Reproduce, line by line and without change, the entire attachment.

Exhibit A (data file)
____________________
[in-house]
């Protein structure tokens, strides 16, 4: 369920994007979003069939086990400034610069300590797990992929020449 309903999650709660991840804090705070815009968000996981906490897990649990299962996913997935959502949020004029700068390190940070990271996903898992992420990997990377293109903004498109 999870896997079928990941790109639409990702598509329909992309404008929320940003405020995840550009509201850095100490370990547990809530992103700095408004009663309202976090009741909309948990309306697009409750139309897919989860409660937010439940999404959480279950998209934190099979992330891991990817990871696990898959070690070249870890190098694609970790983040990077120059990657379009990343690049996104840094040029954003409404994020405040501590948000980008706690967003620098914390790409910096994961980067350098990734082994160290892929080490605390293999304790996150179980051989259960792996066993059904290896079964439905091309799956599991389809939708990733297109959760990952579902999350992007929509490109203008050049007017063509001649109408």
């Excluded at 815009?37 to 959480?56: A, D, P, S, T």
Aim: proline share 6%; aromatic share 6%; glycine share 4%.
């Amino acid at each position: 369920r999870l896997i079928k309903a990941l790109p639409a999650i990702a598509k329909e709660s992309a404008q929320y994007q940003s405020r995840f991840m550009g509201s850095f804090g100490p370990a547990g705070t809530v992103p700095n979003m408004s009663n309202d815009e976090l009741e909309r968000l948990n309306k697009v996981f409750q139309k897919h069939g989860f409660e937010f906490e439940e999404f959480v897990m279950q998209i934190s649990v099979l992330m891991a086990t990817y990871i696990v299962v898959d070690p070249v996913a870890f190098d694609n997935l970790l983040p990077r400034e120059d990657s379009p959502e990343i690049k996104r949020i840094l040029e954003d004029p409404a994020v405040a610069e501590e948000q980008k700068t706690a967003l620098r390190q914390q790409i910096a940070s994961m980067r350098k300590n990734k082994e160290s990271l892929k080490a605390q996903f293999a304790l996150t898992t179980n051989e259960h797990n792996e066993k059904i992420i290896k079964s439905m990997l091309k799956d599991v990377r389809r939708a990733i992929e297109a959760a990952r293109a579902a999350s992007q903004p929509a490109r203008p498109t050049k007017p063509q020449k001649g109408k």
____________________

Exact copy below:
[in-house]
């Protein structure tokens, strides 16, 4: 369920994007979003069939086990400034610069300590797990992929020449 309903999650709660991840804090705070815009968000996981906490897990649990299962996913997935959502949020004029700068390190940070990271996903898992992420990997990377293109903004498109 999870896997079928990941790109639409990702598509329909992309404008929320940003405020995840550009509201850095100490370990547990809530992103700095408004009663309202976090009741909309948990309306697009409750139309897919989860409660937010439940999404959480279950998209934190099979992330891991990817990871696990898959070690070249870890190098694609970790983040990077120059990657379009990343690049996104840094040029954003409404994020405040501590948000980008706690967003620098914390790409910096994961980067350098990734082994160290892929080490605390293999304790996150179980051989259960792996066993059904290896079964439905091309799956599991389809939708990733297109959760990952579902999350992007929509490109203008050049007017063509001649109408």
């Excluded at 815009?37 to 959480?56: A, D, P, S, T």
Aim: proline share 6%; aromatic share 6%; glycine share 4%.
């Amino acid at each position: 369920r999870l896997i079928k309903a990941l790109p639409a999650i990702a598509k329909e709660s992309a404008q929320y994007q940003s405020r995840f991840m550009g509201s850095f804090g100490p370990a547990g705070t809530v992103p700095n979003m408004s009663n309202d815009e976090l009741e909309r968000l948990n309306k697009v996981f409750q139309k897919h069939g989860f409660e937010f906490e439940e999404f959480v897990m279950q998209i934190s649990v099979l992330m891991a086990t990817y990871i696990v299962v898959d070690p070249v996913a870890f190098d694609n997935l970790l983040p990077r400034e120059d990657s379009p959502e990343i690049k996104r949020i840094l040029e954003d004029p409404a994020v405040a610069e501590e948000q980008k700068t706690a967003l620098r390190q914390q790409i910096a940070s994961m980067r350098k300590n990734k082994e160290s990271l892929k080490a605390q996903f293999a304790l996150t898992t179980n051989e259960h797990n792996e066993k059904i992420i290896k079964s439905m990997l091309k799956d599991v990377r389809r939708a990733i992929e297109a959760a990952r293109a579902a999350s992007q903004p929509a490109r203008p498109t050049k007017p063509q020449k001649g109408k």